Your Guide to Understanding COVID-19 Terms

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The COVID-19 pandemic has introduced a dizzying amount of unfamiliar terms and phrases into our everyday lives. Though they can be confusing, it’s important to have an accurate understanding of their meanings, especially if we want our communities to navigate the pandemic safely. Below, we’ve rounded up some of the most common COVID-19-related terms — from how the virus spreads in communities, to treatment and test options to how to help slow the spread. Without a doubt, familiarizing yourself with this list is the first step to ensuring a safer tomorrow for yourself and others. 

  • Coronavirus: There are many types of coronaviruses, all of which contain RNA and have crown-shaped spikes on their surfaces. Different types of these viruses can cause mild illness like the common cold, or more severe respiratory infections.
  • SARS-CoV-2 or the “novel coronavirus”: These are both terms for the coronavirus that has caused the COVID-19 pandemic. Because this particular virus was novel to humans, there was no existing immunity or ability to fight off the virus’ effects.
  • COVID-19: the name of the disease that SARS-COV-2 can cause. COVID-19 is a shortened version of “coronavirus disease 2019.”

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  • Zoonotic: A description of a disease that is able to spread from animals to humans. According to the Center for Disease Control and Prevention (CDC), zoonotic diseases are relatively common — 6 out of 10 of all known diseases are zoonotic.
  • Outbreak: A localized uptick in cases. Outbreaks are often traceable to specific events like concerts, or locations like day care centers or nursing homes.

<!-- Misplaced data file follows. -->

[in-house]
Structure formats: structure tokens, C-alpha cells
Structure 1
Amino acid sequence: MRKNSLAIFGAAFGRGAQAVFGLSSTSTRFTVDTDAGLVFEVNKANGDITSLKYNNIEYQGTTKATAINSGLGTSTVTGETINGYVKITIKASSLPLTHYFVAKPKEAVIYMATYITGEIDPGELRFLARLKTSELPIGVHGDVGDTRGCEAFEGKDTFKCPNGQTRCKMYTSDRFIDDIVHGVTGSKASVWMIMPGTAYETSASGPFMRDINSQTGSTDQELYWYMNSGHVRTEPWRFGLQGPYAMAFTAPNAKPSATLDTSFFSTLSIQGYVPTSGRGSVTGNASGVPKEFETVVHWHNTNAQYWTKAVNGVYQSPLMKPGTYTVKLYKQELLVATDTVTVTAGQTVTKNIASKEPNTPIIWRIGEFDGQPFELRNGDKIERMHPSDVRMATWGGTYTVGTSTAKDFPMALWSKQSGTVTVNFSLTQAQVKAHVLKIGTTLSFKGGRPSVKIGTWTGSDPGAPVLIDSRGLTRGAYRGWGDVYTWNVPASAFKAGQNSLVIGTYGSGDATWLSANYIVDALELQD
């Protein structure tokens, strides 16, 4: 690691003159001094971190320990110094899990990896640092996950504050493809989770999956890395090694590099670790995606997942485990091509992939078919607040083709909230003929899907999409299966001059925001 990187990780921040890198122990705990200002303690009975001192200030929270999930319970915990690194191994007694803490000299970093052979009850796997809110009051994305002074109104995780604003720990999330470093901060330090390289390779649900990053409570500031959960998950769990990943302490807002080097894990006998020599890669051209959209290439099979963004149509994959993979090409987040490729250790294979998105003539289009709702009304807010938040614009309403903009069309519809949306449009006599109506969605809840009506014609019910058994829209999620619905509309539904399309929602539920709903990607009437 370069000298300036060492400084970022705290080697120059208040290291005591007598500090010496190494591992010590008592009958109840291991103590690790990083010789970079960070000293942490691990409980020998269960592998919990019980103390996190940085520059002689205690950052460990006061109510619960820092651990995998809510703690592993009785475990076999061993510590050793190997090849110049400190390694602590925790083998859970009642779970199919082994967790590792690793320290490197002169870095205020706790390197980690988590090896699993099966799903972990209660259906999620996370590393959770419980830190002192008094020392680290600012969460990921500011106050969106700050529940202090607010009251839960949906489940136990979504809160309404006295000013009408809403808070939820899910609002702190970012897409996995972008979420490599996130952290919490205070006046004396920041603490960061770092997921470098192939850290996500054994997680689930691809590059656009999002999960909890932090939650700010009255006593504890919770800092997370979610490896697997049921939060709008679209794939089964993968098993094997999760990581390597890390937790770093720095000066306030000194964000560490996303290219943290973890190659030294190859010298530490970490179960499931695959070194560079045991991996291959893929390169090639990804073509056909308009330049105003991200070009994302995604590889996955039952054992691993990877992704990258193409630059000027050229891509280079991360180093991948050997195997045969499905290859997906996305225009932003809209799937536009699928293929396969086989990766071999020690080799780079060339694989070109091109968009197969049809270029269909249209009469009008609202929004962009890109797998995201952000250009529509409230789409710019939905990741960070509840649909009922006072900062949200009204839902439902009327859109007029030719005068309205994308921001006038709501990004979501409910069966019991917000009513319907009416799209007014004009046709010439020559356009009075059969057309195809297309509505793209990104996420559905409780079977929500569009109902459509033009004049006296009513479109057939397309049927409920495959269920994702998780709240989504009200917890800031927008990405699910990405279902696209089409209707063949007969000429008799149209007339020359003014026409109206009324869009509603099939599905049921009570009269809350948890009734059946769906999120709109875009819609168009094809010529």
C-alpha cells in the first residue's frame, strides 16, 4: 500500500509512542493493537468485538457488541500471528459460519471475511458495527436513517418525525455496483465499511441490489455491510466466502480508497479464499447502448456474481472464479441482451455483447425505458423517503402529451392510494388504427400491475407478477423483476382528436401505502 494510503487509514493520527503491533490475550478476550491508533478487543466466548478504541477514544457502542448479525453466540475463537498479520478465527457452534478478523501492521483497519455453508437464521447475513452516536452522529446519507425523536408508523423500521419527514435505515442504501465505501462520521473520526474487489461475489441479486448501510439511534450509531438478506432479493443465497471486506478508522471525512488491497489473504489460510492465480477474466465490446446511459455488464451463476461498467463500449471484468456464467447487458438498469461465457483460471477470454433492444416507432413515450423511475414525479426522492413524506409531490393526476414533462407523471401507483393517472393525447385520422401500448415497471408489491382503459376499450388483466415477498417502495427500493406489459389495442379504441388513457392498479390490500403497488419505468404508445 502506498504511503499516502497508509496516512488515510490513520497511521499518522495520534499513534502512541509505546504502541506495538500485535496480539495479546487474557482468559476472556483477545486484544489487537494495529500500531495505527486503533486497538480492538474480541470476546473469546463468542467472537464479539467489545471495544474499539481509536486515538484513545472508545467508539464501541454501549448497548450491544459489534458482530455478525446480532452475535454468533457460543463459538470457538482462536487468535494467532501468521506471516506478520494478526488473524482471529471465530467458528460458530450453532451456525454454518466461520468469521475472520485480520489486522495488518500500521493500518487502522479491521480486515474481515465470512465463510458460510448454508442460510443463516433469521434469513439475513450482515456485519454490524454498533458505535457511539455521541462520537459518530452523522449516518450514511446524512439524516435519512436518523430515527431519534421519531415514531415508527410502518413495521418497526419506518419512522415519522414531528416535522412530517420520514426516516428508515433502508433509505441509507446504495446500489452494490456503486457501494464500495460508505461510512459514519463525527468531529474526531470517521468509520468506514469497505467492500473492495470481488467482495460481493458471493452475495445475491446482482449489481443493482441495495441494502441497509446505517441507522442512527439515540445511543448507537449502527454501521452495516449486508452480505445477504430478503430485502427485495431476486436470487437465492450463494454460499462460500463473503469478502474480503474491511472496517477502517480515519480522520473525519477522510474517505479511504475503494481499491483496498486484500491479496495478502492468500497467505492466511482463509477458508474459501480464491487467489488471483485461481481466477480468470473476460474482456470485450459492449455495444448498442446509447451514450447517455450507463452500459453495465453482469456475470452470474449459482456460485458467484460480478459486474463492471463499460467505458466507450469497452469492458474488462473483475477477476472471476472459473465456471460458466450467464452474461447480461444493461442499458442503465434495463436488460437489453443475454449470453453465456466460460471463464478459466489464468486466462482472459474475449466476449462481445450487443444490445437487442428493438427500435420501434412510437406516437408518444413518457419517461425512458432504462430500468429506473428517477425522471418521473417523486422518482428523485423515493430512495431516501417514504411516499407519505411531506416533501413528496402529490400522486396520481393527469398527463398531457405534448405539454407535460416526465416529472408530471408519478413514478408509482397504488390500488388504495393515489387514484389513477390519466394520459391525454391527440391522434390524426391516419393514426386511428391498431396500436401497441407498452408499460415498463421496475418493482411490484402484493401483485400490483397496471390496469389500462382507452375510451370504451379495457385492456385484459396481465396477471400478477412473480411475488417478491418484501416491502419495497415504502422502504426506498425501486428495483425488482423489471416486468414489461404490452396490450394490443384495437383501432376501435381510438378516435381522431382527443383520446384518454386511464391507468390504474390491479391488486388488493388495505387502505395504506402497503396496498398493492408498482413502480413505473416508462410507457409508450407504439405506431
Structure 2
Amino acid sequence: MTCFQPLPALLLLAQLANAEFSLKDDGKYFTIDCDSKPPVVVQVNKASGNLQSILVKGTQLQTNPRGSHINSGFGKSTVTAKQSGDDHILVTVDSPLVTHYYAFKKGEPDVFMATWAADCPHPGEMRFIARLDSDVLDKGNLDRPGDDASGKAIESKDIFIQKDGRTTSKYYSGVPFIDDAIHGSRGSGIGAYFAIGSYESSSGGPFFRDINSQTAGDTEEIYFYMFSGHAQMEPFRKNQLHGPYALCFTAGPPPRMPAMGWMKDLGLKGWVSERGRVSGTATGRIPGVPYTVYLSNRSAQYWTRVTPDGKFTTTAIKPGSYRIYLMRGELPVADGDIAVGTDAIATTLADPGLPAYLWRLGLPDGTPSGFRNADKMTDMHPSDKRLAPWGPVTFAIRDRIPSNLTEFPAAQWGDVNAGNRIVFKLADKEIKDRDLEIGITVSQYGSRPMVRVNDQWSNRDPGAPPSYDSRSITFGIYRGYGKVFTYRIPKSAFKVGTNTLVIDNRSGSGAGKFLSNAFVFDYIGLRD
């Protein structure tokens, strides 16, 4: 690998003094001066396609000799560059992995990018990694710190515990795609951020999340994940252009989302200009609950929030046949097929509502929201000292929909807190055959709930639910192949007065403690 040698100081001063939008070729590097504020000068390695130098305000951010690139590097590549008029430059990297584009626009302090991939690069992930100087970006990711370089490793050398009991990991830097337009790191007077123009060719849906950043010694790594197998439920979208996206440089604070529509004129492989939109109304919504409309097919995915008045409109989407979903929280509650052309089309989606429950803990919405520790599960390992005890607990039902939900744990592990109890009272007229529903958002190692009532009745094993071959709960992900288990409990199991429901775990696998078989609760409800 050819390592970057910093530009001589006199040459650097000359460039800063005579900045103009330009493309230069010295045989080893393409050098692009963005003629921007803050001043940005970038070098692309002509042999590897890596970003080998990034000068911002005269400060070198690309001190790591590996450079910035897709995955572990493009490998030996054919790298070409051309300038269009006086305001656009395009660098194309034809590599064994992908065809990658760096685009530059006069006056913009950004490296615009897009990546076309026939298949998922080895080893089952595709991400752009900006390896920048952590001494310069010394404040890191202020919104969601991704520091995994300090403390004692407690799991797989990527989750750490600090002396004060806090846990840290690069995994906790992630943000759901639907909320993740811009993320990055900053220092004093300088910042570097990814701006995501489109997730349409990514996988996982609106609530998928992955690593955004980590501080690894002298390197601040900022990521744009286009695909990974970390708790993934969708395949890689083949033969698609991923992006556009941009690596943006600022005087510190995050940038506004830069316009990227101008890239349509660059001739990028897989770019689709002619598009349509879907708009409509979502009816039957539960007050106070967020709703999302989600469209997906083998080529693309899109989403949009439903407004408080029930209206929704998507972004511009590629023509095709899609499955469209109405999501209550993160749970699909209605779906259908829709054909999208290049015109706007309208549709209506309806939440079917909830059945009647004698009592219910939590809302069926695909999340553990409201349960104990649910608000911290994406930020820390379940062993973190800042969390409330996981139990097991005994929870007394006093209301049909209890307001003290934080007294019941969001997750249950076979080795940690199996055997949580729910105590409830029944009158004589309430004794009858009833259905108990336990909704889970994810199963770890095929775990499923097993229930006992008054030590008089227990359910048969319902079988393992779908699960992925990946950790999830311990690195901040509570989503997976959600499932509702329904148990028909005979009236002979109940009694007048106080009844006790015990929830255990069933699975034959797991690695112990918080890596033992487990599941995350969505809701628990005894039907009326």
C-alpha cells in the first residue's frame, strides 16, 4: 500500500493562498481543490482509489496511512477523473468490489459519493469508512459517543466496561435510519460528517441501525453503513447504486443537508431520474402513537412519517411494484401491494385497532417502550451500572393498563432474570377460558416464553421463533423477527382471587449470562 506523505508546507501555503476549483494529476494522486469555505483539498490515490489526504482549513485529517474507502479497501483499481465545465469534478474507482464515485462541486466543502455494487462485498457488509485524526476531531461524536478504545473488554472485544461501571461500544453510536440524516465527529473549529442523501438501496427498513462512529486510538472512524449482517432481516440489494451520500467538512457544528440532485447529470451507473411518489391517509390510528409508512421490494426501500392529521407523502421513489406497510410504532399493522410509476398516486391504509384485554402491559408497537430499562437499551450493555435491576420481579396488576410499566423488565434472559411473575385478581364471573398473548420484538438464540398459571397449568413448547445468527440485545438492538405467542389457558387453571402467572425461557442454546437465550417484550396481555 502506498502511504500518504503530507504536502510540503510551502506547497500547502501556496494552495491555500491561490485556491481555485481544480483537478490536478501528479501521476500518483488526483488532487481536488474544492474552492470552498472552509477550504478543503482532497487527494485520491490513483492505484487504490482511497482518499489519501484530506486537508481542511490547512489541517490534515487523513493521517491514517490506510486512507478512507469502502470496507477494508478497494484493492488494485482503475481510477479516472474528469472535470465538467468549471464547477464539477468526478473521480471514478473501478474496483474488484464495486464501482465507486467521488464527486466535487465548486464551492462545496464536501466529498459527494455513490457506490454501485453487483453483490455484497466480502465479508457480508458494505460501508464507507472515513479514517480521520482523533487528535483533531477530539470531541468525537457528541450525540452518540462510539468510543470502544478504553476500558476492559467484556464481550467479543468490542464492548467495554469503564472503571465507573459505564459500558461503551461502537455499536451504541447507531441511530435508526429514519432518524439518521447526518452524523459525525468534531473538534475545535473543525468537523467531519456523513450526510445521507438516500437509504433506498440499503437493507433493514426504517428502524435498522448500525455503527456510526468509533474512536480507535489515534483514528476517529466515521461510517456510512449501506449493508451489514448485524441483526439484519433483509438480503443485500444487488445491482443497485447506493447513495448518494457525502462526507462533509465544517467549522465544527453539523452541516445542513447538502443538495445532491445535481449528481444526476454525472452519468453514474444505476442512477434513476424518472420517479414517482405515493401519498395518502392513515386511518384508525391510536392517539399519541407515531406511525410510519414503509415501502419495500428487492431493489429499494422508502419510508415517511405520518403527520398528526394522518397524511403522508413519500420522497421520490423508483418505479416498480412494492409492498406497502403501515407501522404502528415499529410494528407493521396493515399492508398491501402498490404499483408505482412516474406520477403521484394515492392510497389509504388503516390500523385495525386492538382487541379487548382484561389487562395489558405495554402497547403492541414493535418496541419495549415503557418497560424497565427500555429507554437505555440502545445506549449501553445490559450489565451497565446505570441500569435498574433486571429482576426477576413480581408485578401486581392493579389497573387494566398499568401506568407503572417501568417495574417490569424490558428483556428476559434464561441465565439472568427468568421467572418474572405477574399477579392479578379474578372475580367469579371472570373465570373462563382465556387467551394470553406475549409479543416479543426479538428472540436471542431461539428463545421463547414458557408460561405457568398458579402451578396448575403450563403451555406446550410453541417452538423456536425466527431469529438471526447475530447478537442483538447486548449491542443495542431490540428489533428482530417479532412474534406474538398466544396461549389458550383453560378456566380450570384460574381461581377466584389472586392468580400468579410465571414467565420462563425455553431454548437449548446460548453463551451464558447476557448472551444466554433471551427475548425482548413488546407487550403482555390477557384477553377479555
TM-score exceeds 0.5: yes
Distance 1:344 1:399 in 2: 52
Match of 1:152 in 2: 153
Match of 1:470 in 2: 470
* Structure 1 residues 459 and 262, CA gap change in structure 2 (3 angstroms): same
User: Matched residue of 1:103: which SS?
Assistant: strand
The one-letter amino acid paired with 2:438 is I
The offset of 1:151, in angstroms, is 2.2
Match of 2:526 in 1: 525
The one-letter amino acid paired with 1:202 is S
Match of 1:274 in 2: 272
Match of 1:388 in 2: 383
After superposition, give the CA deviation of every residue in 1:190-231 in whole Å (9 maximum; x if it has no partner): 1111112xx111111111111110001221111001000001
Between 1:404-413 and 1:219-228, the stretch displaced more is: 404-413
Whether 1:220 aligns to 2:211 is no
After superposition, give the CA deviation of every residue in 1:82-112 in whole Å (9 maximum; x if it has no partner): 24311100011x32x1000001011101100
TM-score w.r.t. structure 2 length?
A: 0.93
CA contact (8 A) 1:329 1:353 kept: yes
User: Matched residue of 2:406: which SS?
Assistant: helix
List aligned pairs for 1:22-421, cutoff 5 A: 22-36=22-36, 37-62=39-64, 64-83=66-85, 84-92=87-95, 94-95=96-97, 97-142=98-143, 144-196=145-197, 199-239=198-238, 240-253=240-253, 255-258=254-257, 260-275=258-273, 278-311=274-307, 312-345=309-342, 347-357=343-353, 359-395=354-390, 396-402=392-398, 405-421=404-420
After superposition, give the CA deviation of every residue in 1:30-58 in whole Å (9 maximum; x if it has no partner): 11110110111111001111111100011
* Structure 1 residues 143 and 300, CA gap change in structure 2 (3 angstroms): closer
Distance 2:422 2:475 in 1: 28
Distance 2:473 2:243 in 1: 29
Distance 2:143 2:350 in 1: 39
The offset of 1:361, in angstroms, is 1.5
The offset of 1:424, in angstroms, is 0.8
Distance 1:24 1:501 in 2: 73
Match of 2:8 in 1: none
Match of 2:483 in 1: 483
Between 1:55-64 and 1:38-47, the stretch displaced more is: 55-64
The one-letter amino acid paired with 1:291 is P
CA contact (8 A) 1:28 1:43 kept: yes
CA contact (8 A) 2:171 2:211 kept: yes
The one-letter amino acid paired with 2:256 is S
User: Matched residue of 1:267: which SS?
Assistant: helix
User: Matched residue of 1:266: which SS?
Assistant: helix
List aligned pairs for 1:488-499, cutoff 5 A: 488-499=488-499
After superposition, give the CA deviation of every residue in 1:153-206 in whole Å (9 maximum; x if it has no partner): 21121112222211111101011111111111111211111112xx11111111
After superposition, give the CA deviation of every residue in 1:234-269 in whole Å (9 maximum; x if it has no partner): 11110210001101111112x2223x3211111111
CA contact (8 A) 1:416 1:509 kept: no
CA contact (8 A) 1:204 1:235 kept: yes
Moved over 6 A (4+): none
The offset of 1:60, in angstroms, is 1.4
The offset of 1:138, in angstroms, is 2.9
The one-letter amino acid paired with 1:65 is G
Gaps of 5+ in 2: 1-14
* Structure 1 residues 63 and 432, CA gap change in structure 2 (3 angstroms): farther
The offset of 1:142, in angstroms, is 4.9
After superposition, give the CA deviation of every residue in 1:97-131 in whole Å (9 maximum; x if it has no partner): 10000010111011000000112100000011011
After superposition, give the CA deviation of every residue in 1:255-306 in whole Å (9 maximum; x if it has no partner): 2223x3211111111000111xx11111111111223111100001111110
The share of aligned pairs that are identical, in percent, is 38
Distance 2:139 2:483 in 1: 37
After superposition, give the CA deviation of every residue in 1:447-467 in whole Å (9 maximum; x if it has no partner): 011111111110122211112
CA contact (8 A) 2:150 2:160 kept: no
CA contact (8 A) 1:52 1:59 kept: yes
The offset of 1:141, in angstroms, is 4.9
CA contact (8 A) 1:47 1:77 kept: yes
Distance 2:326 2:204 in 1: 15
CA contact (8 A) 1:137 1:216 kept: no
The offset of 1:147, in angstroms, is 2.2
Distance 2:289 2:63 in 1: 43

• Epidemic: A larger than expected surge in the number of cases of a disease or illness in a particular geographic region or area.
  • Pandemic: An epidemic that has spread beyond geographical or national boundaries and has affected a large number of people on a global scale. COVID-19 was declared a pandemic on March 11, 2020.

    • Airborne Transmission: A disease or illness that can be spread from person to person through the air. Airborne diseases tend to be more contagious than those requiring physical contact.
    • Aerosol: A tiny particle of respiratory fluid that contains viral material and can remain in the air for a period of time.
    • Droplet: A small drop of fluid. Droplets containing a virus can be expelled when an infected person talks, breathes, sneezes, or coughs.
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    • R0/’R-naught’: A number indicating the average number of people that will catch a disease or illness from one infected person. R0 is used as a measure of how contagious a disease is. The R0 for COVID-19 transmission in the United States varies by region.
    • Community Transmission: This refers to cases of infection that cannot be directly linked to known travel of an individual or a previously identified positive case.
    • Asymptomatic: When one is displaying no symptoms or outward signs of having a disease throughout the course of infection. Evidence suggests that individuals who are asymptomatic can still transmit the virus to others.
    • Presymptomatic/Incubation Period: When one is not yet displaying symptoms due to an early stage of infection. The virus can still be spread during this time period.
    • Super-spreader: A person who transmits a disease or illness to an unusually high number of people.